Tone vs Upbeat - What's the difference?

tone | upbeat |


As nouns the difference between tone and upbeat

is that tone is (music) a specific pitch while upbeat is an unaccented beat at the start of a musical phrase.

As a verb tone

is to give a particular tone to.

As a pronoun tone

is the one (of two).

As a adjective upbeat is

having a fast pace, tempo, or beat.

Other Comparisons: What's the difference?

tone

English

(wikipedia tone)

Etymology 1

From (etyl) ton, from (etyl)

Noun

(en noun)
  • (music) A specific pitch.
  • (music) (in the diatonic scale ) An interval of a major second.
  • (music) (in a Gregorian chant ) A recitational melody.
  • The character of a sound, especially the timbre of an instrument or voice.
  • General character, mood, or trend.
  • Her rousing speech gave an upbeat tone to the rest of the evening.
  • (linguistics) The pitch of a word that distinguishes a difference in meaning, for example in Chinese.
  • (dated) A whining style of speaking; a kind of mournful or artificial strain of voice; an affected speaking with a measured rhythm and a regular rise and fall of the voice.
  • Children often read with a tone .
  • (literature) The manner in which speech or writing is expressed.
  • * W. C. Bryant
  • Their tone was dissatisfied, almost menacing.
  • (obsolete) State of mind; temper; mood.
  • * Bolingbroke
  • The strange situation I am in and the melancholy state of public affairs, from a philosophical tone or temper, to the drudgery of private and public business.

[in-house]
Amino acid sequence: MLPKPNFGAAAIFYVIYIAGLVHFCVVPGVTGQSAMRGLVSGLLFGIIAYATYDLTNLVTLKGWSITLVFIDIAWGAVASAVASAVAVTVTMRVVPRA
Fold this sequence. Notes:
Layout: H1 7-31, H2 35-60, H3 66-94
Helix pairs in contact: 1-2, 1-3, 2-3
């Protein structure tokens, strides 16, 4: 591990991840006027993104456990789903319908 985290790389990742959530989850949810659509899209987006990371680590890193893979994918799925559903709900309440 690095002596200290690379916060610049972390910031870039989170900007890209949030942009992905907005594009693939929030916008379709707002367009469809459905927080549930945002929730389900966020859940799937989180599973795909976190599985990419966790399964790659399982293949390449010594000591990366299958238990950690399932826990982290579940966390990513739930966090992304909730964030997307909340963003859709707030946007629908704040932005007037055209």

• The shade or quality of a colour.
  • The favourable effect of a picture produced by the combination of light and shade, or of colours.
  • This picture has tone .
  • The definition and firmness of a muscle or organ. see also: tonus
  • (biology) The state of a living body or of any of its organs or parts in which the functions are healthy and performed with due vigor.
  • (biology) Normal tension or responsiveness to stimuli.
  • Synonyms
    * (an interval of a major second ): whole tone
    Derived terms
    * dial tone * halftone * muscle tone * semitone * tonebar, tone bar * tone of voice

    Verb

    (ton)
  • to give a particular tone to
  • to change the colour of
  • to make (something) firmer
  • to harmonize, especially in colour
  • To utter with an affected tone.
  • Synonyms
    * (give a particular tone to) * (change the colour of) color/colour, dye, paint, tint * (make firmer) firm, firm up, tone up * (harmonize) harmonise/harmonize * (utter with an affected tone)
    Derived terms
    * toned * tone down * toner * tone up * tony, toney (affected tone)

    Etymology 2

    From (etyl) tone, ton, toon, from the incorrect division of ; see also (l).

    Pronoun

    (English Pronouns)
  • The one (of two).
  • *, Bk.X, Ch.lxiij:
  • *:So wythin the thirde day, there cam to the cité thes two brethirne: the tone hyght Sir Helyus and the other hyght Helake
  • Statistics

    *

    Anagrams

    * Eton * note ----

    upbeat

    English

    Alternative forms

    * up-beat

    Adjective

    (en adjective)
  • Having a fast pace, tempo, or beat.
  • The notes are easy, but it's an upbeat tune and should be played fairly quickly.
  • Having a positive, lively, or perky tone, attitude, etc.
  • Though he had bad news, he ended with an upbeat forecast for the future.
    He sounded upbeat when I talked to him.

    Antonyms

    * downbeat

    Noun

    (en noun)
  • An unaccented beat at the start of a musical phrase.
  • Anagrams

    *